foreach($similar_documents as $doc_id => $score) {

            $similar_documents[$doc_id] = $score/$corpus['doc_count'][$doc_id];

        }

        // sort from  high to low

        arsort($similar_documents);

    }   

    return $similar_documents;
}

CASE 1

$query = 'are';

$corpus = array(
    1 => 'How are you?',
);

$match_results=get_similar_documents($query,$corpus);
echo '<pre>';
    print_r($match_results);
echo '</pre>';

RESULT

Array
(
    [1] => 0.52832083357372
)

CASE 2

$query = 'are';

$corpus = array(
    1 => 'how are you today?',
    2 => 'how do you do',
    3 => 'here you are! how are you? Are we done yet?'
);

$match_results=get_similar_documents($query,$corpus);
echo '<pre>';
    print_r($match_results);
echo '</pre>';

RESULTS

Array
(
    [1] => 0.54248125036058
    [3] => 0.21699250014423
)

CASE 3

$query = 'we are done';

$corpus = array(
    1 => 'how are you today?',
    2 => 'how do you do',
    3 => 'here you are! how are you? Are we done yet?'
);

$match_results=get_similar_documents($query,$corpus);
echo '<pre>';
    print_r($match_results);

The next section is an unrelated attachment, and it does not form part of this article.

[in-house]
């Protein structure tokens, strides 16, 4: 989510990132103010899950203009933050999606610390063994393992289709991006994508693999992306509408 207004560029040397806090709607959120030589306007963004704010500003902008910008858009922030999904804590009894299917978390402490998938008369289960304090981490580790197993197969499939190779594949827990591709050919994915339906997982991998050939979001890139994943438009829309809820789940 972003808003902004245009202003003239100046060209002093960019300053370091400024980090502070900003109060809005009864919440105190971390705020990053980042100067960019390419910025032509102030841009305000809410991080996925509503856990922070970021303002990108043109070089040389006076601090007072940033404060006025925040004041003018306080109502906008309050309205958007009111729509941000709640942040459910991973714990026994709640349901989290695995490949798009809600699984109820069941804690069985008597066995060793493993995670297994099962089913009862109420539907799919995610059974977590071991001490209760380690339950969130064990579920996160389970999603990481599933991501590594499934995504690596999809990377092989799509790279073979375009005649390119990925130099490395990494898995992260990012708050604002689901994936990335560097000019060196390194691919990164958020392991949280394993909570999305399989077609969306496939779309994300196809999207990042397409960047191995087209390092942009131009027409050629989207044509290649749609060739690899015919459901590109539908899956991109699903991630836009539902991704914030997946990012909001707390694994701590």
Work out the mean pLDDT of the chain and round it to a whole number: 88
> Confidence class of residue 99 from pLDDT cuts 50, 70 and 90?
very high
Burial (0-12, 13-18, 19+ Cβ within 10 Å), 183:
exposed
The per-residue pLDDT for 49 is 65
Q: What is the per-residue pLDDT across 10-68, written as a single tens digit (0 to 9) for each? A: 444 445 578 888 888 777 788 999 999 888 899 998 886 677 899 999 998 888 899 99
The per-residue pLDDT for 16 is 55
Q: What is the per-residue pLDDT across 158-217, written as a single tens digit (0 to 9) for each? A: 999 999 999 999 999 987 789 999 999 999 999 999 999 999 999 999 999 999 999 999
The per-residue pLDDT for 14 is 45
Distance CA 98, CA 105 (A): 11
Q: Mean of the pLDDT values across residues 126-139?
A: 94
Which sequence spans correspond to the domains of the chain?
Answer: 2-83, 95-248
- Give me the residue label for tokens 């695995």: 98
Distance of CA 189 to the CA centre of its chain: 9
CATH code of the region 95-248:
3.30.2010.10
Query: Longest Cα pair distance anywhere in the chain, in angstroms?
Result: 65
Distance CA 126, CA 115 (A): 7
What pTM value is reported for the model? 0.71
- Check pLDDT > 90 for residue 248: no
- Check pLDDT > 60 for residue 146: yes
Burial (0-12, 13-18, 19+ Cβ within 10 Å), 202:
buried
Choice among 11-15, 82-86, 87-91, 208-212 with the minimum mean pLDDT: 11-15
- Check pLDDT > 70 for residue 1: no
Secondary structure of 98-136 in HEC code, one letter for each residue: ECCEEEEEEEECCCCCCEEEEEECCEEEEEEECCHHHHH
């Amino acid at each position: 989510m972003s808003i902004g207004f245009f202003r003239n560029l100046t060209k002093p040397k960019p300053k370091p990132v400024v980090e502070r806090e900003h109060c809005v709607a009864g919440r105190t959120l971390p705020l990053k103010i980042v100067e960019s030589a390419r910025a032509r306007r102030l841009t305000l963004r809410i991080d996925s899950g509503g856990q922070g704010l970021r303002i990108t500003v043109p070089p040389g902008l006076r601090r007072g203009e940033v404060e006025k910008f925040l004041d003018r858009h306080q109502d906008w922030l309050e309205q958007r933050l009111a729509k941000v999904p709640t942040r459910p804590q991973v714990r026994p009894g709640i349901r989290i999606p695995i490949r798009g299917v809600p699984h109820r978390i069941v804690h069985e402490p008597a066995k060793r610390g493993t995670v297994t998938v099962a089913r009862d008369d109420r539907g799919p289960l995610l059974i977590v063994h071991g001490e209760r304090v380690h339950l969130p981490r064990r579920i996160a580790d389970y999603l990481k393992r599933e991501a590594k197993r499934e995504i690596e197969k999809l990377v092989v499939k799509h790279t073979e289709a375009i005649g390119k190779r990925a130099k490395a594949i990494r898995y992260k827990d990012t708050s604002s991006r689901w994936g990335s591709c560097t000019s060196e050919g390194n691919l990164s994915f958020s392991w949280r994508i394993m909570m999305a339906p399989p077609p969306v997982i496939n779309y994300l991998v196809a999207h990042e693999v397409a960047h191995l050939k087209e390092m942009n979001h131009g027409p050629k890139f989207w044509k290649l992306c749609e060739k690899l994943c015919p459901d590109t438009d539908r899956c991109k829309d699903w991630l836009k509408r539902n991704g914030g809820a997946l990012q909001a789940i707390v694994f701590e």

echo '</pre>';

RESULTS

Array
(
    [3] => 0.6813781191217
    [1] => 0.54248125036058
)

There are plenty of improvements to be made but the model provides a way of getting good results from natural queries, which don't have boolean operators such as strpos(), preg_match(), strstr() or stristr().

NOTA BENE

Optionally eliminating redundancy prior to search the words

  • thereby reducing index size and resulting in less storage requirement

  • less disk I/O

  • faster indexing and a consequently faster search.

1. Normalisation

  • Convert all text to lower case

2. Stopword elimination

  • Eliminate words from the text which carry no real meaning (like 'and', 'or', 'the', 'for', etc.)

3. Dictionary substitution

  • Replace words with others which have an identical or similar meaning. (ex:replace instances of 'hungrily' and 'hungry' with 'hunger')

  • Further algorithmic measures (snowball) may be performed to further reduce words to their essential meaning.

  • The replacement of colour names with their hexadecimal equivalents

  • The reduction of numeric values by reducing precision are other ways of normalising the text.

RESOURCES




I'm a bit impressed that none of the answers here that used strpos, strstr and similar functions mentioned Multibyte String Functions yet (2015-05-08).

Basically, if you're having trouble finding words with characters specific to some languages, such as German, French, Portuguese, Spanish, etc. (e.g.: ä, é, ô, ç, º, ñ), you may want to precede the functions with mb_. Therefore, the accepted answer would use mb_strpos or mb_stripos (for case-insensitive matching) instead:

if (mb_strpos($a,'are') !== false) {
    echo 'true';
}